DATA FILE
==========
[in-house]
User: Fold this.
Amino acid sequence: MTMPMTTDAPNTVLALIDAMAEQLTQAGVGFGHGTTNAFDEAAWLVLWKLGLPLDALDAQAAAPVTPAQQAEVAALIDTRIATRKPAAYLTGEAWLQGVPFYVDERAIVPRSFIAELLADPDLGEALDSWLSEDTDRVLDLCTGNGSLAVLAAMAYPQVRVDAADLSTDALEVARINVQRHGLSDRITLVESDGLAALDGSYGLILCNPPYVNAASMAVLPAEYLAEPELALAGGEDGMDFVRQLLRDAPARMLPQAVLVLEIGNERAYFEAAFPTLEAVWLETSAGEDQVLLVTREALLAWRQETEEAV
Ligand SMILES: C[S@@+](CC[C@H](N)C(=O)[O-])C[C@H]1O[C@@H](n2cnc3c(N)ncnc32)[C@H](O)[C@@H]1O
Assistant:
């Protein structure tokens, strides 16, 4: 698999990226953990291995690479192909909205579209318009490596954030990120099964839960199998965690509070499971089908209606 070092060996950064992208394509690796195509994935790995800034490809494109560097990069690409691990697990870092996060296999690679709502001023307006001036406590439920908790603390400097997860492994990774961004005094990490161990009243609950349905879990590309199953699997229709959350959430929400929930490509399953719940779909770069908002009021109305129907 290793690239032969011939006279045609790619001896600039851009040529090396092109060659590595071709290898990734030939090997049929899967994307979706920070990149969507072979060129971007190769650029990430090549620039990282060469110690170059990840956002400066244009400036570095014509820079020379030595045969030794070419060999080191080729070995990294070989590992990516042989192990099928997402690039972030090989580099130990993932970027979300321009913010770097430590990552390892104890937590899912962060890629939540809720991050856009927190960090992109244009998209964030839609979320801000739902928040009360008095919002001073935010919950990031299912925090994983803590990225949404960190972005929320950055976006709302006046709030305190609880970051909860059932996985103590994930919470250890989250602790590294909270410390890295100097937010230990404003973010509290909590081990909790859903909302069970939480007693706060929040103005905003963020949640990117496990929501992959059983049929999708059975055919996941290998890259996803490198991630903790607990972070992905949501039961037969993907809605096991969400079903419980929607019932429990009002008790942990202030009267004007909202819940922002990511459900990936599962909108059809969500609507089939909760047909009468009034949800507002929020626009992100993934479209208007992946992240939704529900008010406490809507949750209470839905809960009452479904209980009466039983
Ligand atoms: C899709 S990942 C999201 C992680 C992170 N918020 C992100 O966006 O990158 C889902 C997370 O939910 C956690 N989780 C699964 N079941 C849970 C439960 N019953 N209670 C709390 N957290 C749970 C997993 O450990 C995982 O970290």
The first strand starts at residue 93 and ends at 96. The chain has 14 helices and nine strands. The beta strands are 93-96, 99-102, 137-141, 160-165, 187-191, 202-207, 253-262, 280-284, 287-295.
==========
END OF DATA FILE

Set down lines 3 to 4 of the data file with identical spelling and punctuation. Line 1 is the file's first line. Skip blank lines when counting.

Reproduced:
Amino acid sequence: MTMPMTTDAPNTVLALIDAMAEQLTQAGVGFGHGTTNAFDEAAWLVLWKLGLPLDALDAQAAAPVTPAQQAEVAALIDTRIATRKPAAYLTGEAWLQGVPFYVDERAIVPRSFIAELLADPDLGEALDSWLSEDTDRVLDLCTGNGSLAVLAAMAYPQVRVDAADLSTDALEVARINVQRHGLSDRITLVESDGLAALDGSYGLILCNPPYVNAASMAVLPAEYLAEPELALAGGEDGMDFVRQLLRDAPARMLPQAVLVLEIGNERAYFEAAFPTLEAVWLETSAGEDQVLLVTREALLAWRQETEEAV
Ligand SMILES: C[S@@+](CC[C@H](N)C(=O)[O-])C[C@H]1O[C@@H](n2cnc3c(N)ncnc32)[C@H](O)[C@@H]1O